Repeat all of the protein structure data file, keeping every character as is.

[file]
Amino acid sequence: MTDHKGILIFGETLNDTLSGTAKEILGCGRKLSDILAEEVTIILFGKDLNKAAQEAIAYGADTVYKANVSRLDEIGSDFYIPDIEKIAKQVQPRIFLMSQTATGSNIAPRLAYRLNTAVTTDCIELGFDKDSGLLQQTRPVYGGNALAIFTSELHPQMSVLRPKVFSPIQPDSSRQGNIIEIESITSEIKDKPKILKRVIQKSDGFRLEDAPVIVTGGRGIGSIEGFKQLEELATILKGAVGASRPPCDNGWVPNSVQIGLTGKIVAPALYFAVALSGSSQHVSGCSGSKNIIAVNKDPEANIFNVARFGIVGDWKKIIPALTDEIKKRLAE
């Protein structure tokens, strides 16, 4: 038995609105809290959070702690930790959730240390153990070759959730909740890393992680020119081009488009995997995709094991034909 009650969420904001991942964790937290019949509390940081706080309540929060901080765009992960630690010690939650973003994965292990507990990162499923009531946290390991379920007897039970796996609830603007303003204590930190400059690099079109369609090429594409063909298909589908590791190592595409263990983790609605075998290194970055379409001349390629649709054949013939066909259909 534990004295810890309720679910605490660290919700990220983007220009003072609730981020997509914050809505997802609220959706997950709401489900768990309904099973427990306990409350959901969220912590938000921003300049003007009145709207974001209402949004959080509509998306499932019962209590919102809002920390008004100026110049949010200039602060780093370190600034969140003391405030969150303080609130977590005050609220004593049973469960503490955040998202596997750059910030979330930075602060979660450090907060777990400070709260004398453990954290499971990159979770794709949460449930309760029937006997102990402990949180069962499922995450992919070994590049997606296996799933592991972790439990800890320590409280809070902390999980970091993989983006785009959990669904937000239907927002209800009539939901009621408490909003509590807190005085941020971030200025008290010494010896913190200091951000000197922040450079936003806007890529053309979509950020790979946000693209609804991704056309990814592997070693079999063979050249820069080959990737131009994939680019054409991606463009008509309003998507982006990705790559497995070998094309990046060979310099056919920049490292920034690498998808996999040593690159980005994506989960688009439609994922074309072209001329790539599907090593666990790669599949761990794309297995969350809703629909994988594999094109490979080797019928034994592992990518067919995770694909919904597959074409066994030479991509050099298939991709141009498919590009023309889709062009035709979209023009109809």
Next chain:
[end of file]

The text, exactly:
Amino acid sequence: MTDHKGILIFGETLNDTLSGTAKEILGCGRKLSDILAEEVTIILFGKDLNKAAQEAIAYGADTVYKANVSRLDEIGSDFYIPDIEKIAKQVQPRIFLMSQTATGSNIAPRLAYRLNTAVTTDCIELGFDKDSGLLQQTRPVYGGNALAIFTSELHPQMSVLRPKVFSPIQPDSSRQGNIIEIESITSEIKDKPKILKRVIQKSDGFRLEDAPVIVTGGRGIGSIEGFKQLEELATILKGAVGASRPPCDNGWVPNSVQIGLTGKIVAPALYFAVALSGSSQHVSGCSGSKNIIAVNKDPEANIFNVARFGIVGDWKKIIPALTDEIKKRLAE
């Protein structure tokens, strides 16, 4: 038995609105809290959070702690930790959730240390153990070759959730909740890393992680020119081009488009995997995709094991034909 009650969420904001991942964790937290019949509390940081706080309540929060901080765009992960630690010690939650973003994965292990507990990162499923009531946290390991379920007897039970796996609830603007303003204590930190400059690099079109369609090429594409063909298909589908590791190592595409263990983790609605075998290194970055379409001349390629649709054949013939066909259909 534990004295810890309720679910605490660290919700990220983007220009003072609730981020997509914050809505997802609220959706997950709401489900768990309904099973427990306990409350959901969220912590938000921003300049003007009145709207974001209402949004959080509509998306499932019962209590919102809002920390008004100026110049949010200039602060780093370190600034969140003391405030969150303080609130977590005050609220004593049973469960503490955040998202596997750059910030979330930075602060979660450090907060777990400070709260004398453990954290499971990159979770794709949460449930309760029937006997102990402990949180069962499922995450992919070994590049997606296996799933592991972790439990800890320590409280809070902390999980970091993989983006785009959990669904937000239907927002209800009539939901009621408490909003509590807190005085941020971030200025008290010494010896913190200091951000000197922040450079936003806007890529053309979509950020790979946000693209609804991704056309990814592997070693079999063979050249820069080959990737131009994939680019054409991606463009008509309003998507982006990705790559497995070998094309990046060979310099056919920049490292920034690498998808996999040593690159980005994506989960688009439609994922074309072209001329790539599907090593666990790669599949761990794309297995969350809703629909994988594999094109490979080797019928034994592992990518067919995770694909919904597959074409066994030479991509050099298939991709141009498919590009023309889709062009035709979209023009109809």
Next chain: